5. “Budgets are tight and it will be difficult to justify the spend when we already have a solution in place.”
Again, a strong ROI model will distinguish how the upside outweighs the downside when it comes to the spend. Modern-day iPaaS (unlike legacy integration) is extremely cost-effective, providing a simple pricing model that delivers all capabilities such as implementation and support services. For many enterprises, the shift from on-premises to the cloud converts the investment from CapEx to OpEx, delivering additional financial upsides.
Digibee: 2 paths to modernizing your integration strategy
All 5 of the above reasons to not change are valid. Yet, as our descriptions under each statement suggest, each is addressable in the vetting process of a potential replacement.
When that replacement is Digibee, development and IT teams are commonly attracted by a few specific aspects of our iPaaS that legacy, monolithic integration providers can’t provide. One is the empowerment of all developers – not just integration specialists – to easily build, monitor and adapt integrations. Another is the composable nature of our platform. The serverless, born in the cloud architecture is built on microservices, so change management is easy and repeatable without the usual degree of code customization enterprises have become used to.
Sometimes wholesale replacement of an iPaaS is justifiable, and in many situations necessary. The speed in which Digibee can empower that change to meet deadlines imposed by end of support or other urgent, time-sensitive needs is well established.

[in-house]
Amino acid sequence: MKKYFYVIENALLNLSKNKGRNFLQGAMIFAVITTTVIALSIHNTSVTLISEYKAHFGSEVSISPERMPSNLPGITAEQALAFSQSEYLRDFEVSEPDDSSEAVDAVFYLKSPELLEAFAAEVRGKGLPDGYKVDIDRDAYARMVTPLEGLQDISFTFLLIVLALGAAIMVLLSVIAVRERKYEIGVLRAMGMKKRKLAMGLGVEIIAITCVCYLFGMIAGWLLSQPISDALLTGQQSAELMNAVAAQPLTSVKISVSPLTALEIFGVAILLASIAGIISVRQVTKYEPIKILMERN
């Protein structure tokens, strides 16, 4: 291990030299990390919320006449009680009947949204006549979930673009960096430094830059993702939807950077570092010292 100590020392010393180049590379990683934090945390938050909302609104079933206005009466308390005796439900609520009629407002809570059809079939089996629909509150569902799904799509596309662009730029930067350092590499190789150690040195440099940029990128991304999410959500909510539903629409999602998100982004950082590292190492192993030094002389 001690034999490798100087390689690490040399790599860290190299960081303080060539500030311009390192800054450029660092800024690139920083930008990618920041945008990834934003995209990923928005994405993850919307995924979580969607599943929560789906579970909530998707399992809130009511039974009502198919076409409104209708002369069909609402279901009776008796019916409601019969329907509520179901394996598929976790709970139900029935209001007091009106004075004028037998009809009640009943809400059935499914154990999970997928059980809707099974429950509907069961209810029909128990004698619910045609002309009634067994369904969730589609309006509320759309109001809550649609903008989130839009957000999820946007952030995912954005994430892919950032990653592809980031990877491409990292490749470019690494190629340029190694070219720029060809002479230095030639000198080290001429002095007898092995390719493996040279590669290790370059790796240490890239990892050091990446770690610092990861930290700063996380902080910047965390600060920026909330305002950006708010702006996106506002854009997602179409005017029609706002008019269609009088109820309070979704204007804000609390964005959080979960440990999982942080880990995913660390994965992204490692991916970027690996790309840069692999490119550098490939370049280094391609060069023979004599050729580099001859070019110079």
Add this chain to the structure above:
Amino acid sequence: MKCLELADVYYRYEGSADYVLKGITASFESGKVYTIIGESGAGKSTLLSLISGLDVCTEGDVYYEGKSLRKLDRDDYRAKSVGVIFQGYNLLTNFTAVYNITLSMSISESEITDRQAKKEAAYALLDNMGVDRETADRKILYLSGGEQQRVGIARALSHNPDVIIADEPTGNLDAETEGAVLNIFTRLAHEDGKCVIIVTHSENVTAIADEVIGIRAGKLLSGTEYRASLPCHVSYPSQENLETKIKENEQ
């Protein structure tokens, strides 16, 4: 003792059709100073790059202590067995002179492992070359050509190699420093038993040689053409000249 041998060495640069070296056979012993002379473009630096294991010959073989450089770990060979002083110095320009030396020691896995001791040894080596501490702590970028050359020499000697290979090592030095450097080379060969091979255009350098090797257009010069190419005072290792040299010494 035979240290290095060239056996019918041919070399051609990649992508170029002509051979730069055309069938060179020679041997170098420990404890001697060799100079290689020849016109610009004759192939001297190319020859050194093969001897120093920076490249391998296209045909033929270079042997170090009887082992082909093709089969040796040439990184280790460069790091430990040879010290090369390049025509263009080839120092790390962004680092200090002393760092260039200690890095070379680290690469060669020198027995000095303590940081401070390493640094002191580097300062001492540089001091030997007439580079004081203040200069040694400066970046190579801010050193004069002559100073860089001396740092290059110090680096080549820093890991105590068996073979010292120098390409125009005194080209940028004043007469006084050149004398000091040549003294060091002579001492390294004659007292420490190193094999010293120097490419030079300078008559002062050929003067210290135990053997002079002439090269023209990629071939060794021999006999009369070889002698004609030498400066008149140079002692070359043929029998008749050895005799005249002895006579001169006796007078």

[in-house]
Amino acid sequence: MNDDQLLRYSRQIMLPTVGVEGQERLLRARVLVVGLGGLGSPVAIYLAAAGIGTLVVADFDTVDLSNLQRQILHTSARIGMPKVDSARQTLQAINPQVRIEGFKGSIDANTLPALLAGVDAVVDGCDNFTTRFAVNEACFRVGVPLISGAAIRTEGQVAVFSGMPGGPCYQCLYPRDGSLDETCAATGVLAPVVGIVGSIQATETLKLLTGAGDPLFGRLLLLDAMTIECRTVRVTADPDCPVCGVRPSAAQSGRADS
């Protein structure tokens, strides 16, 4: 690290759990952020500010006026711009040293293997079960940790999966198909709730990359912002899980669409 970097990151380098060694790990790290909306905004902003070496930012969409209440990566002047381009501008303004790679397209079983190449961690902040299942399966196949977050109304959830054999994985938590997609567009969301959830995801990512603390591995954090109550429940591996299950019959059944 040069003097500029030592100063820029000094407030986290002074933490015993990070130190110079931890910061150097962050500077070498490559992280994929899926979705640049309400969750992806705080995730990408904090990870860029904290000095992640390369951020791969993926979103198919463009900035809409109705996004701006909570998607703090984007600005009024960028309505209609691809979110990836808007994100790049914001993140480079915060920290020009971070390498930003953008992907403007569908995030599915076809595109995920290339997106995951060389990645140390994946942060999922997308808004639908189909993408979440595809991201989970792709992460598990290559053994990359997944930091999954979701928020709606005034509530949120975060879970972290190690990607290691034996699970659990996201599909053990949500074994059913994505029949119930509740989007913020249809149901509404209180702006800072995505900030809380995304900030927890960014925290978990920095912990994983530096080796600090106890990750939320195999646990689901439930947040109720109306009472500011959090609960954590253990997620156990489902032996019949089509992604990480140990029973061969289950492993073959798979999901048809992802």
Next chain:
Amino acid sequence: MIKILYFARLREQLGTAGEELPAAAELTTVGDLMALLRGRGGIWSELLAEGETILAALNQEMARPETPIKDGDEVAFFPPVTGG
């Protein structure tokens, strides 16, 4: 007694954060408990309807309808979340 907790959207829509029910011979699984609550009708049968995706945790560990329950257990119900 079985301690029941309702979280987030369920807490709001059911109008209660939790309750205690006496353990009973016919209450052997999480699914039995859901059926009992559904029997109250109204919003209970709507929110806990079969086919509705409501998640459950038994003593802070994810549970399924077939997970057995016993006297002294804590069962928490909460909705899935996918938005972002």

The other option is to use Digibee in conjunction with established iPaaS to burn down the backlog of integrations that legacy technology and not-enough-integration-specialists simply can’t get to. This provides an alternate path to utilize Digibee to empower your developers and modernize your integration strategy in phases.
Next steps with Digibee
We always love to hear from architecture and development leaders about how you’re currently approaching integration strategy, and how you anticipate that strategy’s evolution. If this blog struck a chord with pain points that you know your development team is enduring, but haven’t found a sufficient way to address them, then let’s talk.